If you’re in search of worthwhile things to do in Clifden and places to visit nearby, you’ve landed in the right place.
Clifden is a picturesque and lively (there’s lots of excellent pubs in Clifden!) town nestled along the coast in the Connemara region of Galway.
It’s located between the Twelve Bens mountains and the Atlantic Ocean and is considered the region’s unofficial capital.
The best things to do in Clifden in Galway
In the guide below, you’ll find a tonne of different things to do in Clifden in Galway plus a handful of places to visit nearby!
This village is a brilliant little base to explore the area, and there’s plenty of restaurants and pubs to retreat to after a long day of exploring.
1. Kick-start your visit at the Upstairs Downstairs Café
You’ll find this delightful café in main street Clifden, which arguably has the best coffee in town. They also serve pastries, sandwiches, soup and salads and of course, delicious cake.
It’s the best place to stop and kick-start your morning right with a coffee or quick brunch meal. It should definitely be on your must-visit list for Clifden cafes.
2. And walk it off with a trip up to Clifden Castle
Next up is one of the more popular things to do in Clifden. Clifden Castle is a ruined manor house that was once the stately home of John D’Arcy, the founder of Clifden town.
The romantic Gothic castle is now a historical ruin and a great place to visit in Clifden. It’s best accessed by foot and is just below the Sky Road, about 2km from town.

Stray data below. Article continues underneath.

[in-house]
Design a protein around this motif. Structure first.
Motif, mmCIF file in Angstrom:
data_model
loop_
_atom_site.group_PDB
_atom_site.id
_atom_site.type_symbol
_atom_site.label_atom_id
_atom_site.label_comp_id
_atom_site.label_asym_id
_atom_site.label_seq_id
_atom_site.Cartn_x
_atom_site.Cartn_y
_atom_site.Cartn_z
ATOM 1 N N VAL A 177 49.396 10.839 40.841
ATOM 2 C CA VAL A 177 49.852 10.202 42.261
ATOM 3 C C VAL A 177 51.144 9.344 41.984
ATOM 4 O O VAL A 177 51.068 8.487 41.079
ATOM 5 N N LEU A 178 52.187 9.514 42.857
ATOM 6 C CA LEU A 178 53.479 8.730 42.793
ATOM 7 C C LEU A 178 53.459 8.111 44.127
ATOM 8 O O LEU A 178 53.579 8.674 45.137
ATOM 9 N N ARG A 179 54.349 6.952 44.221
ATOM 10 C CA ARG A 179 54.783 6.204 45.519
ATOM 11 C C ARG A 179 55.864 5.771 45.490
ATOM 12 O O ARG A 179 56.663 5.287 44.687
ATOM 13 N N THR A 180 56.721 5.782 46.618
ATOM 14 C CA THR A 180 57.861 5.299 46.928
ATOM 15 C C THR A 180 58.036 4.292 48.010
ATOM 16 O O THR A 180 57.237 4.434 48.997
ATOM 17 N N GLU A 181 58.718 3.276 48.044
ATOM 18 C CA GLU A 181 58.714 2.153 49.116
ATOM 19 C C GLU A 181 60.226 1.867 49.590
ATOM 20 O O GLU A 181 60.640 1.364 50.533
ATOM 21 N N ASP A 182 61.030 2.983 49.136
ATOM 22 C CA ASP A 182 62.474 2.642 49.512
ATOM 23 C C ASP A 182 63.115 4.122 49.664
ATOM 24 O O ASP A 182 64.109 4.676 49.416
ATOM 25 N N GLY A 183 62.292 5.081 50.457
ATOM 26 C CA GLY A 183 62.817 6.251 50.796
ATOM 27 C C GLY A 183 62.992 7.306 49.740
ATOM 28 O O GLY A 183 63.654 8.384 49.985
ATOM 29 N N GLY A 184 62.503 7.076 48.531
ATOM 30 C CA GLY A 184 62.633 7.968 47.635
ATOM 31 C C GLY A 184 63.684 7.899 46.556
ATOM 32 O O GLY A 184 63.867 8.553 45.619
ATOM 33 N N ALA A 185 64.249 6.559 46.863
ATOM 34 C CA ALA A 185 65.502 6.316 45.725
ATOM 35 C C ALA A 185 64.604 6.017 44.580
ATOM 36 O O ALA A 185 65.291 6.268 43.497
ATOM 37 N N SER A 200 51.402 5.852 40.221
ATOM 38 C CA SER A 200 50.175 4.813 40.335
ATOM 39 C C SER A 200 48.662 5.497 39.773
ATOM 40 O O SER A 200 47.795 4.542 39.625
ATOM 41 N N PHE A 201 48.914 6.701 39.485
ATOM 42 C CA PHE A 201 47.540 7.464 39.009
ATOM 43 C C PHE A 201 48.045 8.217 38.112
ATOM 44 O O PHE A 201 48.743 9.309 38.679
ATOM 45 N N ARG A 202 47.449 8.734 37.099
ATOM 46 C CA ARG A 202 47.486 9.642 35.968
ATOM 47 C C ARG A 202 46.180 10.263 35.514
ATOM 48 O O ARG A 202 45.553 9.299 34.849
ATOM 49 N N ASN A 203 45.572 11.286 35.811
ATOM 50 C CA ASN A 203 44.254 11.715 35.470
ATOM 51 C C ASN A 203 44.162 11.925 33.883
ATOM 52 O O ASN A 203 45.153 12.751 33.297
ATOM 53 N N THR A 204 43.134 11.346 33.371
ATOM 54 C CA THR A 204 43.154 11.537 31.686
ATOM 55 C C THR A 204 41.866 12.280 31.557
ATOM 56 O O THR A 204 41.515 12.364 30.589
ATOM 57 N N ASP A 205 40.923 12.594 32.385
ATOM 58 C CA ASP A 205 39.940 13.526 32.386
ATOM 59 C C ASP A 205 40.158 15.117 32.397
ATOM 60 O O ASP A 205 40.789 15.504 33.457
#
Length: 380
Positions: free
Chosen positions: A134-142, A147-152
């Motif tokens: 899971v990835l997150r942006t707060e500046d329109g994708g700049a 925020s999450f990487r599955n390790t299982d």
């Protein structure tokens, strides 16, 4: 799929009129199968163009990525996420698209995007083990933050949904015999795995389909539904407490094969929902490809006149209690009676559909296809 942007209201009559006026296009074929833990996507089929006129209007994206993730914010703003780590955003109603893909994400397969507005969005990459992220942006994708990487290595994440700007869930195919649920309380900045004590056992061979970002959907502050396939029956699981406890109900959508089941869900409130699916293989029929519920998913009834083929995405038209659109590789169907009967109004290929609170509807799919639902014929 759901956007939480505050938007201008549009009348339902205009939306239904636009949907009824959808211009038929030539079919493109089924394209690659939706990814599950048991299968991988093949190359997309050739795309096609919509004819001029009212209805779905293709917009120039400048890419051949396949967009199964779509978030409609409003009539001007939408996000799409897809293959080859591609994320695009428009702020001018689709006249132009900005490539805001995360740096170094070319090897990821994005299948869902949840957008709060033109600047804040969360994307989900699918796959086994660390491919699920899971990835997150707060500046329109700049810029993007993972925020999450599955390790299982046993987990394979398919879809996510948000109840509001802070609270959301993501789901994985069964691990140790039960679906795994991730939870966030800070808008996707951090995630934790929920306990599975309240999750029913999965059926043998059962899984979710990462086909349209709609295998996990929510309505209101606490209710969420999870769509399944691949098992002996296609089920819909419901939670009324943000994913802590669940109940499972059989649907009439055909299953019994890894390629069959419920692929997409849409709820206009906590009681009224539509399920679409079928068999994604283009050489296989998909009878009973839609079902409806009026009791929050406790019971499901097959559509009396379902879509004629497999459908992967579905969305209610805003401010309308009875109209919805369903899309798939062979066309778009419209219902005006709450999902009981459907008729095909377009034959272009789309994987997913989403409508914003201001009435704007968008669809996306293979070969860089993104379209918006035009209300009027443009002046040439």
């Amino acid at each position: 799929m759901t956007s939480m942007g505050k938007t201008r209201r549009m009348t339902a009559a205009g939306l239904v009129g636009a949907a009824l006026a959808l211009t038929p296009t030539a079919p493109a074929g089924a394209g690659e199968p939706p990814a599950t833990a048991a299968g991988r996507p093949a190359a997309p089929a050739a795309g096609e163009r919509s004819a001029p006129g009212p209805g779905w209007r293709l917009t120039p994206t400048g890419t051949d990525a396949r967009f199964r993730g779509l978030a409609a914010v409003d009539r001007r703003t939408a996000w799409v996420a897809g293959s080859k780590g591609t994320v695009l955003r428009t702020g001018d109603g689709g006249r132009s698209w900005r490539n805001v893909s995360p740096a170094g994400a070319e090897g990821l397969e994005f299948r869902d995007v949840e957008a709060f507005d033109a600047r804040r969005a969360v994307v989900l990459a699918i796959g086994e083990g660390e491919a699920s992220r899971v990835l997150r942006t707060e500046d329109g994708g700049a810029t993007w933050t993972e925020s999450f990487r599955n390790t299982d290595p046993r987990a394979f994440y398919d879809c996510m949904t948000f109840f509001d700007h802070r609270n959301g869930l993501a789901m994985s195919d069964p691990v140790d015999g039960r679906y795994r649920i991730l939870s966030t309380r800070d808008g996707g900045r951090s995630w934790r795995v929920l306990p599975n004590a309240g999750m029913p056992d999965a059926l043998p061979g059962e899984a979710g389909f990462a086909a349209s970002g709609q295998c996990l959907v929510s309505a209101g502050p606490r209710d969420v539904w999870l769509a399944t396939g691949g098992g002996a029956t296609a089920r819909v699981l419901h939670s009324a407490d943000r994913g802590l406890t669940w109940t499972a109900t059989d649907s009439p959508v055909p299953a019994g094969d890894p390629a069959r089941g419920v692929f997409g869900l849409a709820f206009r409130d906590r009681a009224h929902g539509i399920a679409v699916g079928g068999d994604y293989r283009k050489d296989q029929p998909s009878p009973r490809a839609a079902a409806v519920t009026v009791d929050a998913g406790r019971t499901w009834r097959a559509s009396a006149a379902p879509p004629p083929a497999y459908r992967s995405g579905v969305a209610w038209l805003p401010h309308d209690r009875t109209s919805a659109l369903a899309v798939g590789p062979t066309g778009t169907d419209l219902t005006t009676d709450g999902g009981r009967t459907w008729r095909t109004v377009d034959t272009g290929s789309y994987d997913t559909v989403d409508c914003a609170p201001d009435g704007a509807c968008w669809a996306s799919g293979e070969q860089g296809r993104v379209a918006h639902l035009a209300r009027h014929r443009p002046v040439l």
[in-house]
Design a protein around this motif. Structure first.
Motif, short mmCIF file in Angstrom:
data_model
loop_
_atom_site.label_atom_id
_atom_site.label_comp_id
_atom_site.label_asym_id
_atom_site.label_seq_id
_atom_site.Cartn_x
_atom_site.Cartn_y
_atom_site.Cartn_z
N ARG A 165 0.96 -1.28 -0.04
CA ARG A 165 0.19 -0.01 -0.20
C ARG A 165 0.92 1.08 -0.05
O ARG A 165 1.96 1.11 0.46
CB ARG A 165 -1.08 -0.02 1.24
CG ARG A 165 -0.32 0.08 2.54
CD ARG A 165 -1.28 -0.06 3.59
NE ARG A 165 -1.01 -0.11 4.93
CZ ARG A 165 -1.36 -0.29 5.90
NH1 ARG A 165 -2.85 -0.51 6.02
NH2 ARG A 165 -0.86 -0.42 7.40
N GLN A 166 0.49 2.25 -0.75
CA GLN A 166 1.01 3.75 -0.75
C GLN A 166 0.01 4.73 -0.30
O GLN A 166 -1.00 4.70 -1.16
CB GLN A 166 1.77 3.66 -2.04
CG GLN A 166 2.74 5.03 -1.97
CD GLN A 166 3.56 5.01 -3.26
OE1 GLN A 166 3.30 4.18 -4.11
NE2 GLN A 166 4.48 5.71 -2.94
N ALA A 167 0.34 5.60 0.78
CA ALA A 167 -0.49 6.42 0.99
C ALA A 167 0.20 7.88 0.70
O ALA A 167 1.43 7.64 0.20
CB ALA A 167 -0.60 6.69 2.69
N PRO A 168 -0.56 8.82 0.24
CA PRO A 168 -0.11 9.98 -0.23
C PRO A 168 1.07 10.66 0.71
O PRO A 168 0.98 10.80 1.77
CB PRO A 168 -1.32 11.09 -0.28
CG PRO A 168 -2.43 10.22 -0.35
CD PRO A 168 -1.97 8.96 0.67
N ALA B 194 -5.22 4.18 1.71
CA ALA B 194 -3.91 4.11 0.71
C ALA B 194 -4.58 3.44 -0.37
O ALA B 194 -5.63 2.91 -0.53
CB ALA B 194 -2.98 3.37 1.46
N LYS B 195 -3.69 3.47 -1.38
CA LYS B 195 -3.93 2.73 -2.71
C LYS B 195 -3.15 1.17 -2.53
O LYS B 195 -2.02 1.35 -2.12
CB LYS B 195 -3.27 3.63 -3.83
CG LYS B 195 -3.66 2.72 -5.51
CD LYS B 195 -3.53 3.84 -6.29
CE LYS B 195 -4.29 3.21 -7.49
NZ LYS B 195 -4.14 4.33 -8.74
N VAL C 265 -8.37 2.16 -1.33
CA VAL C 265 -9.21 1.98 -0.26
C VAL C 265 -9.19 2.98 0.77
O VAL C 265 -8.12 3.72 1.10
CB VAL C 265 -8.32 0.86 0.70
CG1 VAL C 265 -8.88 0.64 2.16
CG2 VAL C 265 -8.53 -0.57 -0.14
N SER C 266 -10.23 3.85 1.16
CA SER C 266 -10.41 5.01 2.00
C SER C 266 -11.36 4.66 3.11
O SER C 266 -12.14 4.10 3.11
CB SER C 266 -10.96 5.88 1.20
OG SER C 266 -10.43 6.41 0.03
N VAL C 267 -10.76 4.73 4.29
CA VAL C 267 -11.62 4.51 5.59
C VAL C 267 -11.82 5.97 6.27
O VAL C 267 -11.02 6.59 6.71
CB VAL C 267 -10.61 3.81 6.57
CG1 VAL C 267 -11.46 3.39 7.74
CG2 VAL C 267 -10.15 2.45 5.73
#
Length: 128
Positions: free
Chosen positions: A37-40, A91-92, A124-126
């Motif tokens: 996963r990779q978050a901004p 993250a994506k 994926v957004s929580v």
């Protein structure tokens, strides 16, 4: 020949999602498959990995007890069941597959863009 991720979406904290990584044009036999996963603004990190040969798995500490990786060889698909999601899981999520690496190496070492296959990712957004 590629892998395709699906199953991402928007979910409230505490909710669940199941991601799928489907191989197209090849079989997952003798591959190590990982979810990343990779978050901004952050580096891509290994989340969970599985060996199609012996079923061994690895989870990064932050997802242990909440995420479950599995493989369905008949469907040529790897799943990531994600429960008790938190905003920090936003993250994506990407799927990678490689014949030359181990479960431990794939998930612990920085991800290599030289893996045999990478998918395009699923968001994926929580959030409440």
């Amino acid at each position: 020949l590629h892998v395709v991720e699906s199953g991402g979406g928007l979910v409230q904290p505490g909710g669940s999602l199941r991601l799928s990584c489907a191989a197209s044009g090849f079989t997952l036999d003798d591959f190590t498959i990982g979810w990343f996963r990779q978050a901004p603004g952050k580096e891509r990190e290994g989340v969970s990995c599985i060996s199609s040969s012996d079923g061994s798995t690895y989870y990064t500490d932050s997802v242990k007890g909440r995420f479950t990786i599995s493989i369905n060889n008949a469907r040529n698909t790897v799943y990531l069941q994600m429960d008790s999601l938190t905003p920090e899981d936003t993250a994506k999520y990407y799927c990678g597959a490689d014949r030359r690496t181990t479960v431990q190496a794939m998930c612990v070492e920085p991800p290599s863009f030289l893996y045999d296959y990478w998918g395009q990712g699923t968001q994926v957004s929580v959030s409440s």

You’ll find the gateway arch on Sky Road and then you need to follow the trail from there. It offers a beautiful view over Clifden Bay.
3. Soak up the sunset on the Sky Road (one of our favourite things to do in Clifden)
Arguably the most beautiful corner of the Connemara region, this scenic 16km circular route offers some of the most rugged and varied scenery in the county.
It’s best enjoyed at sunset when the golden light makes for incredibly striking photos. The road takes you out west of Clifden onto the Kingstown peninsula and then back to Clifden via the N59.
Make sure you take the upper road after the Castle Gates, as this offers the most incredible views. This is on
4. Followed up by a feast from Guys Snug or Mitchell’s
If you’re after a bit of food, you’re spoiled for choice in Clifden. There’s plenty of top restaurants with a mix of pub food and fine dining, depending on what you prefer.
A couple of our favourites include, Guys Snug, which is a popular choice right in town and is primarily a fish and chip place, with generous portions. For something fancier, Mitchell’s Restaurant is a seafood joint on Market Street that is worth a look.
5. Before heading on for post-adventure pints and live music in Lowry’s Pub
You can’t miss out on having a pint at Lowry’s Pub in Clifden. This iconic bar has been voted the best traditional bar in Ireland on numerous occasions and has Irish music playing seven nights a week in season.
It has Connemara’s largest selection of whiskey and gin and also boasts a traditional pub menu. It’s located on Market Street in Clifden and is open until 11.30pm every night.
6. Spend a morning rambling around Kylemore Abbey
This Benedictine monastery was founded in 1920 on the grounds of Kylemore Castle. Being one of the most romantic buildings in Ireland, it’s considered one of the best things to do in the Connemara region.
It’s just 19km north of Clifden, on the northern shore of Lough Pollacappul. You can wander through the abbey, church, Victorian Walled Gardens, pottery studio and tearoom on a self-guided tour.
7. And an afternoon spinning around Connemara National Park